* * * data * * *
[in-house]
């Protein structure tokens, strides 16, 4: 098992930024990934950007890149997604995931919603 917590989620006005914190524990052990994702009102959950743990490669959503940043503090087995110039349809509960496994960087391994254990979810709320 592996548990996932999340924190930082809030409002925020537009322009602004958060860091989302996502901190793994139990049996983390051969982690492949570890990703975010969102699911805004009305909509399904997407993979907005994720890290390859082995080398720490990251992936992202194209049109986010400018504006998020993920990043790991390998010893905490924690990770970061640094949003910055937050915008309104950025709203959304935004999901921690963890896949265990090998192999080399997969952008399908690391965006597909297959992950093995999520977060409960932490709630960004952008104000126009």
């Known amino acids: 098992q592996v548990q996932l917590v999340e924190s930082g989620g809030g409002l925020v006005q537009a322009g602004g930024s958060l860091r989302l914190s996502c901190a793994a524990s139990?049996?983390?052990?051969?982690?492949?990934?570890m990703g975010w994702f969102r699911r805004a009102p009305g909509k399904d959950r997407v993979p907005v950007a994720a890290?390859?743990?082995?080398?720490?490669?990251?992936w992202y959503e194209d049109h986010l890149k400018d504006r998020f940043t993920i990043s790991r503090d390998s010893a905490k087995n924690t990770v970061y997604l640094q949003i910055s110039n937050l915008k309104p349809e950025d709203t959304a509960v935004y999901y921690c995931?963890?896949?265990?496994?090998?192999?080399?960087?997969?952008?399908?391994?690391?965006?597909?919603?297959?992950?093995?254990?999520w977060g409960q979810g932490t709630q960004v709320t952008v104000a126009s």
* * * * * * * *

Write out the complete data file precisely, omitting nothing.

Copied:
[in-house]
């Protein structure tokens, strides 16, 4: 098992930024990934950007890149997604995931919603 917590989620006005914190524990052990994702009102959950743990490669959503940043503090087995110039349809509960496994960087391994254990979810709320 592996548990996932999340924190930082809030409002925020537009322009602004958060860091989302996502901190793994139990049996983390051969982690492949570890990703975010969102699911805004009305909509399904997407993979907005994720890290390859082995080398720490990251992936992202194209049109986010400018504006998020993920990043790991390998010893905490924690990770970061640094949003910055937050915008309104950025709203959304935004999901921690963890896949265990090998192999080399997969952008399908690391965006597909297959992950093995999520977060409960932490709630960004952008104000126009």
């Known amino acids: 098992q592996v548990q996932l917590v999340e924190s930082g989620g809030g409002l925020v006005q537009a322009g602004g930024s958060l860091r989302l914190s996502c901190a793994a524990s139990?049996?983390?052990?051969?982690?492949?990934?570890m990703g975010w994702f969102r699911r805004a009102p009305g909509k399904d959950r997407v993979p907005v950007a994720a890290?390859?743990?082995?080398?720490?490669?990251?992936w992202y959503e194209d049109h986010l890149k400018d504006r998020f940043t993920i990043s790991r503090d390998s010893a905490k087995n924690t990770v970061y997604l640094q949003i910055s110039n937050l915008k309104p349809e950025d709203t959304a509960v935004y999901y921690c995931?963890?896949?265990?496994?090998?192999?080399?960087?997969?952008?399908?391994?690391?965006?597909?919603?297959?992950?093995?254990?999520w977060g409960q979810g932490t709630q960004v709320t952008v104000a126009s």